The impact of fuel poverty on individuals households but also on our communities is truly devastating.   At an individual level it can mean people being regularly unable to heat their homes (self disconnecting) during the winter because they can’t afford to pay the bills leaving them in the cold and without hot water; making desperate choices between ‘eating or heating’; and using dangerous heating appliances because they can’t afford to get them serviced regularly.  On average over 500 people needlessly die in Wales each year due to living in a cold home and in the winter of 2017-18 this figure rose to over 1,000 deaths.  It has also been well documented that a range of health conditions can be exacerbated by inadequate heating, damp and mould growth including increasing the risk of heart attacks, strokes, falls, as well as anxiety and depression caused by the worry of crippling debt.


To society, it has been eestimated that the total cost to the NHS in Wales of dealing with category one hazards (damp, mould growth and excessive cold) was around £67 million per year[6] with the overall cost to society estimated at around £168 million per year.


Fuel poverty is also a significant problem for disabled people. One report by Scope suggests that over £500 a year extra in energy costs are incurred by disabled people as a direct result of their condition, when compared to the average household.[7] 


Coldhomes can also have particularly harmful effects on the development of babies and young infants which can persist into later life.[8]   Evidence[9] suggests that infants living in cold conditions have a 30% greater risk of being admitted to hospital or primary care facilities in the first 3 years of life.


Conversely, tackling fuel poverty can result in widespread benefits through positive physical and mental health improvements, less GP visits and demands on the NHS and social care, improved air quality and quality of life; the creation of local jobs, regeneration of local communities and more money in people’s pockets to spend in their local communities.


How Welsh Government action to date has helped to combat fuel poverty, in particular, the impact of the Warm Homes Programme (including Nest and Arbed) and the Welsh Housing Quality Standard


As noted in the recent report by the Wales Audit Office into fuel poverty[10], £321.6m has been spent since 2009 on energy efficiency improvements via the Nest and Arbed schemes, resulting in over 54,659 homes in Wales being assisted, roughly a third of current levels of fuel poor households.  This is a significant amount of investment, but as the report notes, it is currently unclear what impact these schemes have had in terms of lifting households out of fuel poverty.  We simply do not know because no assessment has been done on whether the households are in fuel poverty before receiving the measures and whether they have been lifted out of fuel poverty after receiving the improvements.  This also raises concerns about the effective targeting of the schemes.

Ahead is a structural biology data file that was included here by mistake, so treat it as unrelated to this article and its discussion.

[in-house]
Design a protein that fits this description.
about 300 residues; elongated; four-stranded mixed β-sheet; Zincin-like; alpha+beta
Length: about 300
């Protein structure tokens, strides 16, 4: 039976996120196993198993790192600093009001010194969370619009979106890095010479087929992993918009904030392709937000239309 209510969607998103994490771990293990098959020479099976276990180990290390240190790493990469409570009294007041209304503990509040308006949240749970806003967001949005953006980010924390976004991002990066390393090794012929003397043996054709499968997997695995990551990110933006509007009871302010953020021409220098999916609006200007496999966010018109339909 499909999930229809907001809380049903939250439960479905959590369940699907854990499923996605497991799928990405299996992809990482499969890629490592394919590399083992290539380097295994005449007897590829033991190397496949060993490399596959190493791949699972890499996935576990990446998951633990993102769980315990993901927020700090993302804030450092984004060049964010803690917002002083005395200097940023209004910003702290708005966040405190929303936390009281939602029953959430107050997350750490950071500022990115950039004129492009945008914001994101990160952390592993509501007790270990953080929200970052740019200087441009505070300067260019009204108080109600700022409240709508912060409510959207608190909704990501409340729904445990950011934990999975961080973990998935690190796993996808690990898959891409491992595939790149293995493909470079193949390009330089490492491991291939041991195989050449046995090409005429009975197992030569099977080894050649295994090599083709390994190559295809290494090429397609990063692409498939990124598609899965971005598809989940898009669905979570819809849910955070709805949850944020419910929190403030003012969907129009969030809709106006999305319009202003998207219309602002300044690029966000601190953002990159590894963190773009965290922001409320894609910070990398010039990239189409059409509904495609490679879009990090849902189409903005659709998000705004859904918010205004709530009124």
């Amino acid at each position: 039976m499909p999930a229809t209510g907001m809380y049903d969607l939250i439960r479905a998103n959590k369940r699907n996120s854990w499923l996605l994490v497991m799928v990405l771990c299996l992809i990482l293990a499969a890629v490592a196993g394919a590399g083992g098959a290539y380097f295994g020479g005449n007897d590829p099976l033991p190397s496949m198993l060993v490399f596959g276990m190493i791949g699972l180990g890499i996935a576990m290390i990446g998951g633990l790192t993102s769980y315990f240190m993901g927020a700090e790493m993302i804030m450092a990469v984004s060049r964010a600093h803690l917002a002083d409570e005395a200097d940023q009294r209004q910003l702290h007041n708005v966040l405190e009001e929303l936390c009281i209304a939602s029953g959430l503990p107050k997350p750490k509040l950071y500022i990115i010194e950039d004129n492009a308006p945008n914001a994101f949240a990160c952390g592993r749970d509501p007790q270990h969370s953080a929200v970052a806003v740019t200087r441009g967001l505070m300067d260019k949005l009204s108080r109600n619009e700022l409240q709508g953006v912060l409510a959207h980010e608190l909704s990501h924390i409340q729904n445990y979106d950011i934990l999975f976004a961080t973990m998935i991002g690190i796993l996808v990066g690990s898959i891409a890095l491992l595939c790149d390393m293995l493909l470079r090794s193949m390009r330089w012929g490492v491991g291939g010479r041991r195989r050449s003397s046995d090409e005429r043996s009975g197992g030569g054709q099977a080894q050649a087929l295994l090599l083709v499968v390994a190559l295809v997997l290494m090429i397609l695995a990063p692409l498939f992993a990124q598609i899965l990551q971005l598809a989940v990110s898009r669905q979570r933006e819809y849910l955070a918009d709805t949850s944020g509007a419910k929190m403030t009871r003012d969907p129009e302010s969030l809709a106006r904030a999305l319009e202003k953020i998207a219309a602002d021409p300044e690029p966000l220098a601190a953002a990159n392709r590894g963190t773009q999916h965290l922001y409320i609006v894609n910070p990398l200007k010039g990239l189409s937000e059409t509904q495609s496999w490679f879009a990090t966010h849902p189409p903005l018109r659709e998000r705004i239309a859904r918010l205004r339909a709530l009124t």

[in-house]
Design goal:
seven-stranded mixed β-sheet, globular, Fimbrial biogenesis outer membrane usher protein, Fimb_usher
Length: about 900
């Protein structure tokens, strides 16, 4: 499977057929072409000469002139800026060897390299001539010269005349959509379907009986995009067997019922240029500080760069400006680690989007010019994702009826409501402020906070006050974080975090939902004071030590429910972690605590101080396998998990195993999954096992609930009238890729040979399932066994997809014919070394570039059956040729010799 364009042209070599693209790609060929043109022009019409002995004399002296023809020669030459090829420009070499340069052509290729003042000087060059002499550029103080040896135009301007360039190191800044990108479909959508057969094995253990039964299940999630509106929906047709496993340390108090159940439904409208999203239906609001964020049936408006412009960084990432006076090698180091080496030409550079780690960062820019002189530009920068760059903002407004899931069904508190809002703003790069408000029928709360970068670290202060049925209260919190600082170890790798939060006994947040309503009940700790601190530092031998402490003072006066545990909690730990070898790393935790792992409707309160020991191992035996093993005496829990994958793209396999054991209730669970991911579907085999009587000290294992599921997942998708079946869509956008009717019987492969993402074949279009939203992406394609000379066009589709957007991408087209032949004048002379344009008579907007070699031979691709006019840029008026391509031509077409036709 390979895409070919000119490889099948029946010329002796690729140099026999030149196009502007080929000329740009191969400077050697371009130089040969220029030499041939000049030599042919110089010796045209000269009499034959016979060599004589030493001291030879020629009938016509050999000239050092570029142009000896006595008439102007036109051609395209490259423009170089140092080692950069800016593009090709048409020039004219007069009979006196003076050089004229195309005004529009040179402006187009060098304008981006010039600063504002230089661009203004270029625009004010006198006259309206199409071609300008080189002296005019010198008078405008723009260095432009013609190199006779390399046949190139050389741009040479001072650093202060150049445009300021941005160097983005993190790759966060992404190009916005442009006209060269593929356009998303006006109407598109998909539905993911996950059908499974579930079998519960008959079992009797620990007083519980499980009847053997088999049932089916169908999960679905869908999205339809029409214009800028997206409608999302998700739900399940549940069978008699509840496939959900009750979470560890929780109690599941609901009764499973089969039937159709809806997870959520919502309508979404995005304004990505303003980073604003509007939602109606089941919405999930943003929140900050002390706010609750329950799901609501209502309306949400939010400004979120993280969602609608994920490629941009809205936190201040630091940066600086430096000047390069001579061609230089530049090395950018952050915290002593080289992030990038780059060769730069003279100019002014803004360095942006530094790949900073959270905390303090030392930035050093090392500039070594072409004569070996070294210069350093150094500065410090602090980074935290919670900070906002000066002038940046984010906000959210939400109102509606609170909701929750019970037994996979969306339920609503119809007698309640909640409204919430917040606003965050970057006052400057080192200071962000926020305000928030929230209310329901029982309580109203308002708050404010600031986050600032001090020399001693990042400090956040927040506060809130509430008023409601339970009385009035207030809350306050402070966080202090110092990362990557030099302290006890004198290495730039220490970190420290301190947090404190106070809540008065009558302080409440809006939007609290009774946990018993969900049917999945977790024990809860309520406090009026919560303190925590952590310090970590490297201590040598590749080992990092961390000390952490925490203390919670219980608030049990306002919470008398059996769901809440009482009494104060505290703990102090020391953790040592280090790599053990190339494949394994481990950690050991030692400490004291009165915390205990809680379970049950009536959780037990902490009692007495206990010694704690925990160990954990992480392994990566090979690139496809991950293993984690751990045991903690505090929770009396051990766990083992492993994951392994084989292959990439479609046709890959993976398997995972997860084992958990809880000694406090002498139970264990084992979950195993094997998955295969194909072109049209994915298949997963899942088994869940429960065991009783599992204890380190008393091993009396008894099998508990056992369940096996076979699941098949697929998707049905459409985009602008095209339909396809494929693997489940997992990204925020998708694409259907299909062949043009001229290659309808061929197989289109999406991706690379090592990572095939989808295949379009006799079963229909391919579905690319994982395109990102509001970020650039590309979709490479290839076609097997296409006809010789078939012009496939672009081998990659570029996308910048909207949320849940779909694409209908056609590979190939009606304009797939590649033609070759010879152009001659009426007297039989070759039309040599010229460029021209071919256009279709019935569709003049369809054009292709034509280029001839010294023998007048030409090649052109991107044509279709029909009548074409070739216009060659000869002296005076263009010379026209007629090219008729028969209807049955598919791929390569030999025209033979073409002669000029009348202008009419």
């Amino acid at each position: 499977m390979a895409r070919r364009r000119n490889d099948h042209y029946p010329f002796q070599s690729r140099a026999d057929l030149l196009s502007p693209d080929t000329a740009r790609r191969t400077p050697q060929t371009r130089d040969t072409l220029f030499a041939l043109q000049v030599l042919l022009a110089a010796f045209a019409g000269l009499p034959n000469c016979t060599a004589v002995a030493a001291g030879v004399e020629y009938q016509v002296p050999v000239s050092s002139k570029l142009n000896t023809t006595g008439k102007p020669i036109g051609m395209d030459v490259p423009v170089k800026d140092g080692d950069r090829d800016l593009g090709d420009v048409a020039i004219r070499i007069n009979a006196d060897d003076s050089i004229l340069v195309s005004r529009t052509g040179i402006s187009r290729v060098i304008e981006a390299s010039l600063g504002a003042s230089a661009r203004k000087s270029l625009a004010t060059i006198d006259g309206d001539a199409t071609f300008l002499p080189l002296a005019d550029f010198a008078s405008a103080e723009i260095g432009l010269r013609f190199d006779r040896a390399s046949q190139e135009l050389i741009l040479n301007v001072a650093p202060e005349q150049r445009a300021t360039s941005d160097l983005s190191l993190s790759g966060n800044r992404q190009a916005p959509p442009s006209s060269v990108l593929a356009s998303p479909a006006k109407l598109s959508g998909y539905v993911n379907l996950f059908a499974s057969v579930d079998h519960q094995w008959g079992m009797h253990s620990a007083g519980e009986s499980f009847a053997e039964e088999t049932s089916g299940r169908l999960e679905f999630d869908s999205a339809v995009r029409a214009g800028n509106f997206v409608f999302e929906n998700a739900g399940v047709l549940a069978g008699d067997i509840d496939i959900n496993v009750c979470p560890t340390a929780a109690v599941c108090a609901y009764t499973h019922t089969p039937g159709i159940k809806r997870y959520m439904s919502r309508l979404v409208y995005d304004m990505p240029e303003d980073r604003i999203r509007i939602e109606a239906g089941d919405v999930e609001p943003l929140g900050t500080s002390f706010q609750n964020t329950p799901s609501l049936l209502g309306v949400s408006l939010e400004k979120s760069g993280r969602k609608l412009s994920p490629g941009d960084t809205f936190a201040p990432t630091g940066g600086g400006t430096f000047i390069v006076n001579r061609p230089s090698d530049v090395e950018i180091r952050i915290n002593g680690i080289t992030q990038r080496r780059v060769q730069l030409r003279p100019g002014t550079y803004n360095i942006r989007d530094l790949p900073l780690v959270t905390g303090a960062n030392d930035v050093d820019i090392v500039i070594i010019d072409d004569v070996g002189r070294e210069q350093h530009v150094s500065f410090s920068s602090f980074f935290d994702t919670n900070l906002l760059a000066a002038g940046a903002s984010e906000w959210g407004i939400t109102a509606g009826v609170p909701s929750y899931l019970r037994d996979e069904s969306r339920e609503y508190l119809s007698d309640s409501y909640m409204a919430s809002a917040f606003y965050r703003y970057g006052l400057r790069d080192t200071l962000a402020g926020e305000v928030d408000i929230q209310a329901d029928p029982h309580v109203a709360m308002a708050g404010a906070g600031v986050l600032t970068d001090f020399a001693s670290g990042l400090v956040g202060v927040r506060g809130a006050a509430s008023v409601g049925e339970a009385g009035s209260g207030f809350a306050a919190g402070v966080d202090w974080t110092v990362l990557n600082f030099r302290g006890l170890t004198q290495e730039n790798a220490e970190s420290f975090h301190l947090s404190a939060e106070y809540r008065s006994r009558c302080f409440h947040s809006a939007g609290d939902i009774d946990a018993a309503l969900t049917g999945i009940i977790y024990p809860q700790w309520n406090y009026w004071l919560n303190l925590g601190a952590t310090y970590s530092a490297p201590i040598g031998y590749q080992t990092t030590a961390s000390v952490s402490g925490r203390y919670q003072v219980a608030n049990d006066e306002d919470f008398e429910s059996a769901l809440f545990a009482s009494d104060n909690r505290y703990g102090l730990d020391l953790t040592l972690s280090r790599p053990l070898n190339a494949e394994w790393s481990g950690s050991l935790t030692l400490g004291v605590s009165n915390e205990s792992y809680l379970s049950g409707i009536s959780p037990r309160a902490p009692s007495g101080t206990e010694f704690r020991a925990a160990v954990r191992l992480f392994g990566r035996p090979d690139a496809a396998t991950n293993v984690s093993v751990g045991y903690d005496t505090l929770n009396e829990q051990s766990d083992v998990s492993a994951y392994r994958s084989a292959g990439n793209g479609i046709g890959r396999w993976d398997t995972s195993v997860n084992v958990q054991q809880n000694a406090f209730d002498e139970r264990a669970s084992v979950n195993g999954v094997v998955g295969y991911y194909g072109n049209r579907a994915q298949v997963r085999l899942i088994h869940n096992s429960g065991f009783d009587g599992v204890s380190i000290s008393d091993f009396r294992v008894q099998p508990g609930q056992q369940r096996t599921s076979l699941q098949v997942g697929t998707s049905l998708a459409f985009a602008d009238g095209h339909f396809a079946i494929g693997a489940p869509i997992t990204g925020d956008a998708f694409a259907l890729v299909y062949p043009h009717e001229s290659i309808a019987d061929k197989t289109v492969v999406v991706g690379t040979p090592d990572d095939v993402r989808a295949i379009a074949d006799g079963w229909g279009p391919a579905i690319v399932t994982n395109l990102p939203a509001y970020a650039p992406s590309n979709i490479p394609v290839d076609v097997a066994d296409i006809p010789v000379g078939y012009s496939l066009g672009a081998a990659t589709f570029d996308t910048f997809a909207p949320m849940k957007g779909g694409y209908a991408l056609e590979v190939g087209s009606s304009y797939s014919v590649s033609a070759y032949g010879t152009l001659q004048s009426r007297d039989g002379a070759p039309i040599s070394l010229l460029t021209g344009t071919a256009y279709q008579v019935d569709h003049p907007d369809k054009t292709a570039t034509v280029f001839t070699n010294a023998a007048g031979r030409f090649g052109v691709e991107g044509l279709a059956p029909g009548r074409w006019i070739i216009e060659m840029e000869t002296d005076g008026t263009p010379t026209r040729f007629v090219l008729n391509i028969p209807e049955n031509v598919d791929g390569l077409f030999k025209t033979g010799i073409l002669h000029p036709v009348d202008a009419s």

Indeed, during our call for evidence with our stakeholders they raised concerns around the eligibility of the Nest scheme and that it should be widened so that more households on low incomes who do not receive means-tested benefits could receive energy efficiency improvements.  NEA’s Fuel Poverty Monitor highlighted two case studies of extremely vulnerable households who were experiencing difficulties with inefficient heating systems, one of which obtained help from the Nest scheme whilst the other household was not eligible for support (see Appendix 1). 


The Welsh Government should work collaboratively with stakeholders to help overcome the challenges its faces in targeting and evaluating the impact of its significant investment in its energy efficiency programmes as outlined by the Wales Audit Office’s report.  Anecdotal evidence from stakeholders in the past has raised several issues including the transparency of the schemes, as well as the type of advice and support provided to households. 


Health Pilot


A positive example of such collaboration is the improvements made to the Welsh Government health conditions pilot programme[11].  Introduced in 2017 the pilot was intended to help households who suffer from certain health conditions made worse by the cold to access home improvements available through the Nest scheme such as a free boiler, insulation or central heating.